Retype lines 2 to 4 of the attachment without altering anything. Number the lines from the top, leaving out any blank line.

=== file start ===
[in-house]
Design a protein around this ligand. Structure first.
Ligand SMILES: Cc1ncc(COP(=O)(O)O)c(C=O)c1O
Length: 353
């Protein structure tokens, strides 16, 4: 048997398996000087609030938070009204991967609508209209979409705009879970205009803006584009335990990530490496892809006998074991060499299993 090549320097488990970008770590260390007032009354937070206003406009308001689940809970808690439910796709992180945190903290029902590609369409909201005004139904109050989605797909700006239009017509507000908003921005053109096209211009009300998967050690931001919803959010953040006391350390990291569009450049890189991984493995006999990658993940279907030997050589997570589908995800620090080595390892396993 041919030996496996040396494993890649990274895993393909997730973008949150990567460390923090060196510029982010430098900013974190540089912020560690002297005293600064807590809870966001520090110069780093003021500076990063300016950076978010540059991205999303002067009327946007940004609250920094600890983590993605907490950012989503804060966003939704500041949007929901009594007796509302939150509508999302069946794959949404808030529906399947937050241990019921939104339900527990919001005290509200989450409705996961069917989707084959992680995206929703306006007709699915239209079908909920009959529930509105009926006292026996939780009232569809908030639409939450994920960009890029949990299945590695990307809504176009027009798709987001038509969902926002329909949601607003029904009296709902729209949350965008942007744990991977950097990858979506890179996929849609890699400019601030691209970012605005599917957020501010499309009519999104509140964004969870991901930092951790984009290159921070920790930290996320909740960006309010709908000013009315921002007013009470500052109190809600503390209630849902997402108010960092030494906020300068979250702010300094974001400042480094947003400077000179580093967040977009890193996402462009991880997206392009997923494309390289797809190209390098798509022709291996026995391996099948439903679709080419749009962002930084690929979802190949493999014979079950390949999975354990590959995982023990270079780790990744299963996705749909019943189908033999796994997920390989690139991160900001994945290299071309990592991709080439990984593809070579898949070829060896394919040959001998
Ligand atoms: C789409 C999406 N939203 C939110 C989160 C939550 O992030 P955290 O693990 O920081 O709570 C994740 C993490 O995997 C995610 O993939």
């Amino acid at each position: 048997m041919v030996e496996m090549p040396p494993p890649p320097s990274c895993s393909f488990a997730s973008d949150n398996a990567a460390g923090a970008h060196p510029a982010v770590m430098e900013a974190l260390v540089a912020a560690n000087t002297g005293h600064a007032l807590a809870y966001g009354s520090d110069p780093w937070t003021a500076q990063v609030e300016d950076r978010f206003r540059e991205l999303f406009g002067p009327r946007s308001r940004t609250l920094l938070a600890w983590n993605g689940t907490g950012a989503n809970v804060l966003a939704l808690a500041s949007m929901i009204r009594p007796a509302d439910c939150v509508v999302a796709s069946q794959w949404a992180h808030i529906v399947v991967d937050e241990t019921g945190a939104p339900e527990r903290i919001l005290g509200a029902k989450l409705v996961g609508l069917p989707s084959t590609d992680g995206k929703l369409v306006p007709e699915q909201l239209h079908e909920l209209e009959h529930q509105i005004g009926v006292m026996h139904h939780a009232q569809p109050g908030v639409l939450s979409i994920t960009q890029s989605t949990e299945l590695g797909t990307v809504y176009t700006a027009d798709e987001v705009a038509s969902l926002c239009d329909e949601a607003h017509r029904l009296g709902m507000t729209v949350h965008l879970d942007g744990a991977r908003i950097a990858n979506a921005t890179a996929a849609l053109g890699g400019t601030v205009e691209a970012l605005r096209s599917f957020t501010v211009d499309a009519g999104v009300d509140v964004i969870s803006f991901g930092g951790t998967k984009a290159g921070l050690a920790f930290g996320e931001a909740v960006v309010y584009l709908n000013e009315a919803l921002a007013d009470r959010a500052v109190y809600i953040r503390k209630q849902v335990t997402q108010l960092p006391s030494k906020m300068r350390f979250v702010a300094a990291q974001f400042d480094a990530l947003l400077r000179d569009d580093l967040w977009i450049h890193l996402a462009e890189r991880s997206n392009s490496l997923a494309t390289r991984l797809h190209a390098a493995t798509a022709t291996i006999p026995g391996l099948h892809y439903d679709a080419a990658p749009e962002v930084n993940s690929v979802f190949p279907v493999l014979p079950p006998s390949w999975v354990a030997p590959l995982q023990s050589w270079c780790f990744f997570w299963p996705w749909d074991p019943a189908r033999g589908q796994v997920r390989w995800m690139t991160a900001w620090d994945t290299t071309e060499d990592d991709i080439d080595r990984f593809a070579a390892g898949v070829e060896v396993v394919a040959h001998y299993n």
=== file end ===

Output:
Design a protein around this ligand. Structure first.
Ligand SMILES: Cc1ncc(COP(=O)(O)O)c(C=O)c1O
Length: 353